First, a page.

That whole family should be in jail.

lilium on February 23, 2011 at 5:50 PM

Walker’s approach is correct.

There are situations in which a public employee union bargaining for wages only can be helpful. Once the legislature sets the total of compensation for all employees, I see no reason why the executive cannot then bargain with an organization of employees on how that total will be distributed. Wage levels in government are often not transparent, and you might be surprised at how much discretion a hiring agency has as to wage levels. This can lead to huge disparities in wages for people doing the same job; it can lead to arbitrary and capricious granting of reaises and bonuses, etc. Even where there are statutes and rules that govern this sort of thing, if a government agency chooses to ignore them, the workers may suffer and they may need to organize to force the government to honor its own laws and regulations.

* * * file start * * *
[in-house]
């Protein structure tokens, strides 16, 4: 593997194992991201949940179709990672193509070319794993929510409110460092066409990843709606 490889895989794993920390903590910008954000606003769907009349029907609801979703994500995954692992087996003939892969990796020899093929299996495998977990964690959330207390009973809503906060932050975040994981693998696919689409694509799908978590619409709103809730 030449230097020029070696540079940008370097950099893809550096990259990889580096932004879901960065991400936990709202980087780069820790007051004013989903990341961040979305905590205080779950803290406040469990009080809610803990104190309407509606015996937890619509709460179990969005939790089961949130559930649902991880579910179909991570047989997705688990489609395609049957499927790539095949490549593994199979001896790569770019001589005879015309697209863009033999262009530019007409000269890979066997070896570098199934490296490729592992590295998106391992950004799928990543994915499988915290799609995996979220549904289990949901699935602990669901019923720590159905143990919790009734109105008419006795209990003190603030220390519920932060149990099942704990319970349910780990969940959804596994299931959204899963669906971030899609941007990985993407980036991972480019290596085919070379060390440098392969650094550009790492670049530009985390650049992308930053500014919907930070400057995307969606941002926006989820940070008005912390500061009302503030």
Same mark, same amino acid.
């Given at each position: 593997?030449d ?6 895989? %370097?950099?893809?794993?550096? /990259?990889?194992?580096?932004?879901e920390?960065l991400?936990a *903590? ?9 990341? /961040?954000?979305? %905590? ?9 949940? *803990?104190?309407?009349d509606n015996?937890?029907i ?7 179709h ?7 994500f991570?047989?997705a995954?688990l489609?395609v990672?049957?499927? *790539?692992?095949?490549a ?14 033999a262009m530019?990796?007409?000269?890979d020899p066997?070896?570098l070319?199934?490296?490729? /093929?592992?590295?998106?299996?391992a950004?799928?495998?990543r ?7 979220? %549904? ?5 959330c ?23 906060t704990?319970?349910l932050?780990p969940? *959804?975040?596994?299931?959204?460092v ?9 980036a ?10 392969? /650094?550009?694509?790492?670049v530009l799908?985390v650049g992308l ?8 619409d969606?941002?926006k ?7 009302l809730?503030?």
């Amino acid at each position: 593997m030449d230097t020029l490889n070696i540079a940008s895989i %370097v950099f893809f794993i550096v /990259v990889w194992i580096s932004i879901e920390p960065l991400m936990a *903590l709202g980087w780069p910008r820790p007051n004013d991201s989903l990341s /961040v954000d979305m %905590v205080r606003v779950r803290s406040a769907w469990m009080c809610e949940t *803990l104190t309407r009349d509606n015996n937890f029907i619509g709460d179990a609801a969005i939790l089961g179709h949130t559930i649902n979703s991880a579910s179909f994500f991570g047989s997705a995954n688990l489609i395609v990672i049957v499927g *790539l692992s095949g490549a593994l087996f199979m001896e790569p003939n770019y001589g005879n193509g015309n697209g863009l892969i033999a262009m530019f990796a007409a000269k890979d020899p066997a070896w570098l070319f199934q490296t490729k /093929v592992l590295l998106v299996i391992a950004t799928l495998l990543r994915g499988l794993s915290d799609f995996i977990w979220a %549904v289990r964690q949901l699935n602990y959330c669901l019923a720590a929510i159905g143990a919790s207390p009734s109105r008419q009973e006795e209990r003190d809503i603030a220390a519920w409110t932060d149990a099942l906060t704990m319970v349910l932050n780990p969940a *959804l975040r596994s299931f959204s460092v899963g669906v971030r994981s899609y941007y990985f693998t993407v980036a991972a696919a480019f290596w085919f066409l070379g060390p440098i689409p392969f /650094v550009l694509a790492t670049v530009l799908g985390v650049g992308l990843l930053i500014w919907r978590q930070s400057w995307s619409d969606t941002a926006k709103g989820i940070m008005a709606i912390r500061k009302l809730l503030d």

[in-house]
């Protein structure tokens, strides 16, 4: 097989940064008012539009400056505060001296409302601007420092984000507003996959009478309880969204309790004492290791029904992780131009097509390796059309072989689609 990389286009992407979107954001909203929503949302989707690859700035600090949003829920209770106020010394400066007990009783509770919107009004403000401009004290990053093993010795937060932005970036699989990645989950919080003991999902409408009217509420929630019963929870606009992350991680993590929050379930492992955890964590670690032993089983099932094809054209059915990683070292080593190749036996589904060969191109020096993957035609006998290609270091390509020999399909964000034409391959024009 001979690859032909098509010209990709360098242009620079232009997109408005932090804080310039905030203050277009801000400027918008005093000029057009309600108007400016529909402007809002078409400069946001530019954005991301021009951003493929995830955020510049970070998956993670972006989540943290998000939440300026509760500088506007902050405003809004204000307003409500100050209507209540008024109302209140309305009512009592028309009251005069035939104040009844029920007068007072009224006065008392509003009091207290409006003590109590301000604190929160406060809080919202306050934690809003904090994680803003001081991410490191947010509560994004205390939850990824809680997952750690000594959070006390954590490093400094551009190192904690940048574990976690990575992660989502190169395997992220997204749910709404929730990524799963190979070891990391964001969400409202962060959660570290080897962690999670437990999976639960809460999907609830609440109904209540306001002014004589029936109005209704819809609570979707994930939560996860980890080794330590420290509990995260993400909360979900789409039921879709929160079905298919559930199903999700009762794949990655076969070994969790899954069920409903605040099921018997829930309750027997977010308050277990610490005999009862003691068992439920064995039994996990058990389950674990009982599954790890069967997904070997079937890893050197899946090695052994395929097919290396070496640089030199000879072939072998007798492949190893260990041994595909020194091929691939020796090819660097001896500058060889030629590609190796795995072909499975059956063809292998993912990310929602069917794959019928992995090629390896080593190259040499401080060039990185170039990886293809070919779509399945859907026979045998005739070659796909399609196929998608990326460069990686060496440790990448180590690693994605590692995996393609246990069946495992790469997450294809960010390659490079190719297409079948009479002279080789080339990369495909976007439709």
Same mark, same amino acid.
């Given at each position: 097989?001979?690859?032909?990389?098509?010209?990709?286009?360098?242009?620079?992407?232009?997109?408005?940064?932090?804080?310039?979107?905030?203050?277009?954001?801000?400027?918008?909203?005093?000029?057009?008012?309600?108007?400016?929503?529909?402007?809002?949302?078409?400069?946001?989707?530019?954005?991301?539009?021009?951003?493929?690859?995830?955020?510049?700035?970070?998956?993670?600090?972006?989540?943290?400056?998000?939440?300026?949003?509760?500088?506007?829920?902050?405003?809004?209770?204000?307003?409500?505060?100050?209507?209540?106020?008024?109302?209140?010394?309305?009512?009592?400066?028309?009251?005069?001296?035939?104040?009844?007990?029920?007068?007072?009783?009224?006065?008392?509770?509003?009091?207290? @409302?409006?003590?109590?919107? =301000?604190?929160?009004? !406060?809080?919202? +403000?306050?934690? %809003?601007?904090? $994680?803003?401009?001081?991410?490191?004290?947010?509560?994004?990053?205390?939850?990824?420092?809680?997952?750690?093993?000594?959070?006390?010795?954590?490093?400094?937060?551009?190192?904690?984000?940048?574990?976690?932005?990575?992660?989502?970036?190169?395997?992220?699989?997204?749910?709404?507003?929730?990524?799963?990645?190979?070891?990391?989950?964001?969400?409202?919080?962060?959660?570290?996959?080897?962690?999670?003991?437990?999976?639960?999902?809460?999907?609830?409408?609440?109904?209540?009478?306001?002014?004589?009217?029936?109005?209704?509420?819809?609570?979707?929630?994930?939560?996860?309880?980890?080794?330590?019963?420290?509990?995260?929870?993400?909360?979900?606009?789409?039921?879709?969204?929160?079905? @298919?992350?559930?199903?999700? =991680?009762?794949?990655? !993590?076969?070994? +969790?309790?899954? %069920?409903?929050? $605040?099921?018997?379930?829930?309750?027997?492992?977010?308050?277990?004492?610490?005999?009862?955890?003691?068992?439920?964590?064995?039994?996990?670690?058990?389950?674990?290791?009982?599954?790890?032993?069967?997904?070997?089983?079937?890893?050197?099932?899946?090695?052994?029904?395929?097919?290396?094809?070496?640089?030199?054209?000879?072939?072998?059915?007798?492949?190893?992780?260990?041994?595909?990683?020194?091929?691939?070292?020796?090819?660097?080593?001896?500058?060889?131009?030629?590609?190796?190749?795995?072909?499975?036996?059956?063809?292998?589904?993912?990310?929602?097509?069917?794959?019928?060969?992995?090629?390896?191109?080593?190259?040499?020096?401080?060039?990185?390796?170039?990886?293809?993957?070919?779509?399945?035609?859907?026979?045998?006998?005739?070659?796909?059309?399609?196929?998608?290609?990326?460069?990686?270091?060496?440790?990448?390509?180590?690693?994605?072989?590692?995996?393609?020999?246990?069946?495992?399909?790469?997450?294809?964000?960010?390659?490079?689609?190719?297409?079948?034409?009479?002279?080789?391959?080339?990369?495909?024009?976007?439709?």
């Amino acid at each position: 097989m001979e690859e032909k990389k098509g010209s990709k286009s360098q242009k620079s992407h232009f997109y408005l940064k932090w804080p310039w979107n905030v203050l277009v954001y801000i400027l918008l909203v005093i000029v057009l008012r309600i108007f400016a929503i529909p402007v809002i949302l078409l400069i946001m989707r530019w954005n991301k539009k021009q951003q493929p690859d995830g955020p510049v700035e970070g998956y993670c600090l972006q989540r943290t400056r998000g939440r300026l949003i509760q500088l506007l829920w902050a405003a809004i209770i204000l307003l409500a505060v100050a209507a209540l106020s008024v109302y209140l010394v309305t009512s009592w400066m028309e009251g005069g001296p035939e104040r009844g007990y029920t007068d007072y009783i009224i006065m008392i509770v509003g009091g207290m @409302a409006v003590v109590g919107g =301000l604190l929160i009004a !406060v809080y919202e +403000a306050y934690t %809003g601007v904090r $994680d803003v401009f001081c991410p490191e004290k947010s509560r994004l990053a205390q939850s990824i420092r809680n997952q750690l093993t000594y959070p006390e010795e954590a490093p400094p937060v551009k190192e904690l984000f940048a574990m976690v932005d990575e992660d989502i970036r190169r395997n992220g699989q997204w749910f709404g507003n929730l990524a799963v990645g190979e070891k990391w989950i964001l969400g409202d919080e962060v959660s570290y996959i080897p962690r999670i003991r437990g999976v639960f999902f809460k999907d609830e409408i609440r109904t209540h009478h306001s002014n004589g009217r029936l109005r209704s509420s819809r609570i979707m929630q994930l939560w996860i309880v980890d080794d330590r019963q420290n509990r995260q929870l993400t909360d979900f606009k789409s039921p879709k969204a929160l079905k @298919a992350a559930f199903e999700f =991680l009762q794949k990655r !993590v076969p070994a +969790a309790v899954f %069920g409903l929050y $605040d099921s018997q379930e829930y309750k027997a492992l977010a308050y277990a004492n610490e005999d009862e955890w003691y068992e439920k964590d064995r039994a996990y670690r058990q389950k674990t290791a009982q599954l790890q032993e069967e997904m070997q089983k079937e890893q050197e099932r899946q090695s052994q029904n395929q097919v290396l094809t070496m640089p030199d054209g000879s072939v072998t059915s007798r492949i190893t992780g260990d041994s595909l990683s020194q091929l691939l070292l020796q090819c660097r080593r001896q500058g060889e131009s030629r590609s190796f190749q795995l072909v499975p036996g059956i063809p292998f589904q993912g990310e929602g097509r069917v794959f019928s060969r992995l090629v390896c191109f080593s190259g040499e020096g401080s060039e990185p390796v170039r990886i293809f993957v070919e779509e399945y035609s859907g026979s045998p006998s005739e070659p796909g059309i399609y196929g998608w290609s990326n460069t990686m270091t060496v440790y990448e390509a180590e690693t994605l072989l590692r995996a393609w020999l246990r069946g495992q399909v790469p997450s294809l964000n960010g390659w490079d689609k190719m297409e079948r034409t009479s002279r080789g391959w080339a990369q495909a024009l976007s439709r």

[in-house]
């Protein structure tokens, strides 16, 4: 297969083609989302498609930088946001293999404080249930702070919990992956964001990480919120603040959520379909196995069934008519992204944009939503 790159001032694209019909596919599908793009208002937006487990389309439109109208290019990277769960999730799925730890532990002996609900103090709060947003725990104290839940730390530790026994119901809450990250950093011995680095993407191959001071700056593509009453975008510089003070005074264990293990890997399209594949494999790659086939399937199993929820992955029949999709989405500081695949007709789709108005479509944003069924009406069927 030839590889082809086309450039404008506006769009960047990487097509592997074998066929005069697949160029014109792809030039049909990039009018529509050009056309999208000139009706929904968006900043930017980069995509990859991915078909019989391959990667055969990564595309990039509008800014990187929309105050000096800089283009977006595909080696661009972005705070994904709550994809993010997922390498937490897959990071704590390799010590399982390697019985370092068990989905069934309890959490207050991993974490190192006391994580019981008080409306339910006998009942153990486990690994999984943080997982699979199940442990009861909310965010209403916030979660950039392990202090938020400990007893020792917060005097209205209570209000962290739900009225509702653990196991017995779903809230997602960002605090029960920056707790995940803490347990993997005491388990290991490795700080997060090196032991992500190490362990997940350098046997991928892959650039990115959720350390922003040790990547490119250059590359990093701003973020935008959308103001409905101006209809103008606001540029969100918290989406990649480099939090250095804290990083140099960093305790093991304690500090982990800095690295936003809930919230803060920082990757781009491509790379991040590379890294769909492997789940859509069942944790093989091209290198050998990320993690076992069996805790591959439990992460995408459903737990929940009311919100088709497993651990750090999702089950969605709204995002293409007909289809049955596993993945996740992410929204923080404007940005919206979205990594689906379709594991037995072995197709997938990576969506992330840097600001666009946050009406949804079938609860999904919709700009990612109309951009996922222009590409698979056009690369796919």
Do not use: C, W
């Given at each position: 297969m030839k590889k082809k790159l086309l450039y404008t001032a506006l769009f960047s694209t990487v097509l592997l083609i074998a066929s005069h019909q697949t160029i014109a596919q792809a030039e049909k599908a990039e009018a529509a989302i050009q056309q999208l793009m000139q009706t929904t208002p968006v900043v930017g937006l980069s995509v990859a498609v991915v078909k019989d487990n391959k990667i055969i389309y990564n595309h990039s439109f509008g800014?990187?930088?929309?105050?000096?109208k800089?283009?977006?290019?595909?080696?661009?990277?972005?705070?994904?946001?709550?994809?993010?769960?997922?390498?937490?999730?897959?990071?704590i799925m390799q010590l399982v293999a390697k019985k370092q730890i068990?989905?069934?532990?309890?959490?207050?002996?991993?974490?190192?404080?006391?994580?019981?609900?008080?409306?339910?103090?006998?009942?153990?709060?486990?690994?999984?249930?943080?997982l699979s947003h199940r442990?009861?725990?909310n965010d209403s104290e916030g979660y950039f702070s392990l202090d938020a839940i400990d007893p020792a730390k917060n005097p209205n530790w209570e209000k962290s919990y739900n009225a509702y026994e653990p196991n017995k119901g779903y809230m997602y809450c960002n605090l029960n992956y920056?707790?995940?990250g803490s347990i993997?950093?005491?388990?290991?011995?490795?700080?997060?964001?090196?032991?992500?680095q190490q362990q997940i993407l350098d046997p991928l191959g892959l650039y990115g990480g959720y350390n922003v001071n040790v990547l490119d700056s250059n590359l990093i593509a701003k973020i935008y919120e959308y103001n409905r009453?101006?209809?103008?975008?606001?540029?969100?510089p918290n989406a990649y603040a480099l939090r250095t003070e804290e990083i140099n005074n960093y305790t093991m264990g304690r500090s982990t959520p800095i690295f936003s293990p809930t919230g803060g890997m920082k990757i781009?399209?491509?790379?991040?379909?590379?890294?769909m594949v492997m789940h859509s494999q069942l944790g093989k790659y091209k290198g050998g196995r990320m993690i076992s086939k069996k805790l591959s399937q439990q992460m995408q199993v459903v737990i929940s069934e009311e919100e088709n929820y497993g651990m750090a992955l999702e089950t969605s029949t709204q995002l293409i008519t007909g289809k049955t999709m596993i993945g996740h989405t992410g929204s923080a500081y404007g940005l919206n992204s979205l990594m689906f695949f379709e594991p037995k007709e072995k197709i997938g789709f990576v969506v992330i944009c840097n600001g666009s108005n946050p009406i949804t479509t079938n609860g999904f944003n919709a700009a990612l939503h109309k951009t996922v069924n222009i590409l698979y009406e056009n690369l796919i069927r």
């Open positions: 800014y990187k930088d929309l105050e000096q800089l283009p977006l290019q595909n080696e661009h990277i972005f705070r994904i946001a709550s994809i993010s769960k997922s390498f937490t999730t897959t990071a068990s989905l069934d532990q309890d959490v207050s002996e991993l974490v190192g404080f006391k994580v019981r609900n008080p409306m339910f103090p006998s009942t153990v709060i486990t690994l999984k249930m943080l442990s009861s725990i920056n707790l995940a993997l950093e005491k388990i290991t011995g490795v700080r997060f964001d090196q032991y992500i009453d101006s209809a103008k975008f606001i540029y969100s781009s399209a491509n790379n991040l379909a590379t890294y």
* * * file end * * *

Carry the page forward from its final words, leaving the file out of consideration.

We all have a vested interest in making sure all of our governments have good, well-trained employees who want to be where they are and work hard, and are compensated fairly.

What should be prohibited are:

1) Any and all political campaign contributions or independent campaign expenditures by PEUs;

2) Closed PEU shops at any level of government;

3) Governments collecting and disbursing PEU dues; and

4) Collective bargaining for pensions and health benefits.

rockmom on February 23, 2011 at 6:02 PM

IF JFK lifted the ban on these unions by executive order then why can’t the next Republican President reverse that decision?

Jay Mac on February 23, 2011 at 6:31 PM